U.S. Sen. Dick Durbin (D-IL) was happy to learn that a proposed plan to create an industrial waste facility at the Clinton Landfill. He also worked with a coalition of 37 senators Thursday to push for a strong Renewable Fuel Standard.
Statewide "right-to-work" policies drive down worker wages for both union and nonunion members by 3.1 percent, finds a new report by the Economic Policy Institute (EPI), a Washington, D.C. think tank.
That means full-time, year-round workers living in right-to-work states earn, on average, $1,558 less annually than similar workers in states without such regulations, according to the report.
EPI researchers used demographic, cost-of-living and labor market controls in calculating their findings.
"It's abundantly clear that right-to-work laws are negatively correlated with workers' wages," report co-author and EPI senior economist Elise Gould said in a statement. "Our model uses widely-agreed upon variables, and holds up under a series of tests to ensure that the model is sound and not being skewed by the inclusion or exclusion or particular variables or estimate technique."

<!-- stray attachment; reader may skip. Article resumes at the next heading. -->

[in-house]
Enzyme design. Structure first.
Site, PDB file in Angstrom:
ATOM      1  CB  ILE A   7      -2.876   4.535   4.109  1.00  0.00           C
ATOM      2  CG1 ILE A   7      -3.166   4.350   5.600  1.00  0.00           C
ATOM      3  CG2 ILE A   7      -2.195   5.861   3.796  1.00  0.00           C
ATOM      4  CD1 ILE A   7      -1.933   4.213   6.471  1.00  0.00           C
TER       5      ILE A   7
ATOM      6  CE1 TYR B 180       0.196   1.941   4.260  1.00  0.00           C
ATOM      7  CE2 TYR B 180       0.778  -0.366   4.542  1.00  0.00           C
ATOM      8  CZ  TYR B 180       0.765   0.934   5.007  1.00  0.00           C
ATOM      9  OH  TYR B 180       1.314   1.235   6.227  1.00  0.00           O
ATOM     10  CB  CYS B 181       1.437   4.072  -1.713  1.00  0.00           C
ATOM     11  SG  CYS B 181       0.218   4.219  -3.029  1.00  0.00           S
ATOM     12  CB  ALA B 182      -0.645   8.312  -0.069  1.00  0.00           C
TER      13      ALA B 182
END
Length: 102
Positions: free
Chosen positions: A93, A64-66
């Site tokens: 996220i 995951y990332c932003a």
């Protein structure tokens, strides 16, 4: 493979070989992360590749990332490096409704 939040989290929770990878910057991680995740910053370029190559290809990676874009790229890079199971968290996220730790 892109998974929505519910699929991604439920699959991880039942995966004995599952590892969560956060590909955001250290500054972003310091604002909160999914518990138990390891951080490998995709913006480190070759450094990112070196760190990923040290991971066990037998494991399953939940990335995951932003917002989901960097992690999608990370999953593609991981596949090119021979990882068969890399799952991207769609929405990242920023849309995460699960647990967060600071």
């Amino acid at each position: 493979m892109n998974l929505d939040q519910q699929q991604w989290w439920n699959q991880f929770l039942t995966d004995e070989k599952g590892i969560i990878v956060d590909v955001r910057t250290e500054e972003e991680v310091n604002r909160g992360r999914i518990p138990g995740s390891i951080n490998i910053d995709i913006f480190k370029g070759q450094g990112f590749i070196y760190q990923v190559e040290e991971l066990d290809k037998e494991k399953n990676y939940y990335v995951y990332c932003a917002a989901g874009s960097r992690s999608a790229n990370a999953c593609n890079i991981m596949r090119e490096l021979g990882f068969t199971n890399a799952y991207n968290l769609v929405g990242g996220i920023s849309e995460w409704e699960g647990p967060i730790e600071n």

Republican Gov. Bruce Rauner's budget proposal seeking to slash higher education spending by $387 million next fiscal year "would have direct and devastating effects on individual campuses" and students, according to a new report.
The report by Young Invincibles, a Millennial research and advocacy group, notes that Illinois has already cut higher education funding spent directly on students by $500 million over the past five years.
If approved, Rauner's plan to further reduce higher education spending by 31 percent in the 2016 fiscal year, beginning July 1, "would be catastrophic" for the state's higher education system and Illinois students who have "already been pushed past the breaking point by disinvestment in higher education," the report reads.